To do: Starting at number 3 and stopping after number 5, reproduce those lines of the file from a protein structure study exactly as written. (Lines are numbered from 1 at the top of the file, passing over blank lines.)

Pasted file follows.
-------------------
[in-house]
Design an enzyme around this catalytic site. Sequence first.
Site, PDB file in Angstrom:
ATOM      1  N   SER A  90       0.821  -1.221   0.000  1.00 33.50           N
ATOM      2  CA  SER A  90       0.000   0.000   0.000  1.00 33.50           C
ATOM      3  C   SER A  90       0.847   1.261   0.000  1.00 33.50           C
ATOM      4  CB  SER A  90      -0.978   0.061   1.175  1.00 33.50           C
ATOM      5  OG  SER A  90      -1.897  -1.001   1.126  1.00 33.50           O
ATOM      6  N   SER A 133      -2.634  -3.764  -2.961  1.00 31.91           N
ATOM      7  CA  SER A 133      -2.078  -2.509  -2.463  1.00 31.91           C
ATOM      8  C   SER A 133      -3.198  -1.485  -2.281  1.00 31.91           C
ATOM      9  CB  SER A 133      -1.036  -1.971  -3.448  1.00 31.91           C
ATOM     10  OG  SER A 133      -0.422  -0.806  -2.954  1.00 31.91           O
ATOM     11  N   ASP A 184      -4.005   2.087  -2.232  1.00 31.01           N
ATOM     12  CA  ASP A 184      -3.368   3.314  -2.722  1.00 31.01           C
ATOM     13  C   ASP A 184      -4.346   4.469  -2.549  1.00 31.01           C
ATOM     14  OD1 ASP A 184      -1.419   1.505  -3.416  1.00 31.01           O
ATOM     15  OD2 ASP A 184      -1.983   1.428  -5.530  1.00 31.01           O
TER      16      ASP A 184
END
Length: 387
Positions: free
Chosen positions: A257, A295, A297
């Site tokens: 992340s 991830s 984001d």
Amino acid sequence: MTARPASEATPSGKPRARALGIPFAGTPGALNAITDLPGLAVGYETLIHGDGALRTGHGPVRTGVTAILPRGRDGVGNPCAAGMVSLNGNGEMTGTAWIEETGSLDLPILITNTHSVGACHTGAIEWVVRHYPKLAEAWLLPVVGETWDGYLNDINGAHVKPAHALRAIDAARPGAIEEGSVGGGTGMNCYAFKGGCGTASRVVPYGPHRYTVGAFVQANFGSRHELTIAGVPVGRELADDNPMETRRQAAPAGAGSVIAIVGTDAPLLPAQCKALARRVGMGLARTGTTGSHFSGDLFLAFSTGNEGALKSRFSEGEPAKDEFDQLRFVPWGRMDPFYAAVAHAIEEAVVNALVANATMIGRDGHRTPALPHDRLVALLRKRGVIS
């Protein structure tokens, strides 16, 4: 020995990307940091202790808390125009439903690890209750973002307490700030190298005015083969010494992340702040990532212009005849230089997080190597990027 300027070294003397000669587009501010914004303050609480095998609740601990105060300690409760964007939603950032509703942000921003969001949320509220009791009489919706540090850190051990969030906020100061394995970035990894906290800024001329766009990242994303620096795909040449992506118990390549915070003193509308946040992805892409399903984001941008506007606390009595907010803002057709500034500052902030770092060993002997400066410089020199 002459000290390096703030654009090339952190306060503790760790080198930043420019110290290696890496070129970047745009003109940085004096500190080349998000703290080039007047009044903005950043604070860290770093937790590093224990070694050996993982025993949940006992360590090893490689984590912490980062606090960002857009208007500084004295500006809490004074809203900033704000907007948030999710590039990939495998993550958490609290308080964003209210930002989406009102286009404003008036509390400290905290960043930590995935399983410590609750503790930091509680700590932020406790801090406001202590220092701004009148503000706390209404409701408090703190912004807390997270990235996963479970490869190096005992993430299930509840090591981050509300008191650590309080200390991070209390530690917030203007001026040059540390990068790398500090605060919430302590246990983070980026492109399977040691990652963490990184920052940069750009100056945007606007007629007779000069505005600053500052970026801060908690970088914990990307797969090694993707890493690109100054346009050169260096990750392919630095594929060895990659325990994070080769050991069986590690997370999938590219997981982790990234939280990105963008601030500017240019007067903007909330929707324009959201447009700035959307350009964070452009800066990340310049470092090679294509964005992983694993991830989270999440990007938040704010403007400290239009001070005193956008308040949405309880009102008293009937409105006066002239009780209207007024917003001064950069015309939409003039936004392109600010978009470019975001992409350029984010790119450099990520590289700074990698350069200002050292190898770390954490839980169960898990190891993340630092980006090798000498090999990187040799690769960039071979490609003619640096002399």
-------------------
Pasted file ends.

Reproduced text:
Site, PDB file in Angstrom:
ATOM      1  N   SER A  90       0.821  -1.221   0.000  1.00 33.50           N
ATOM      2  CA  SER A  90       0.000   0.000   0.000  1.00 33.50           C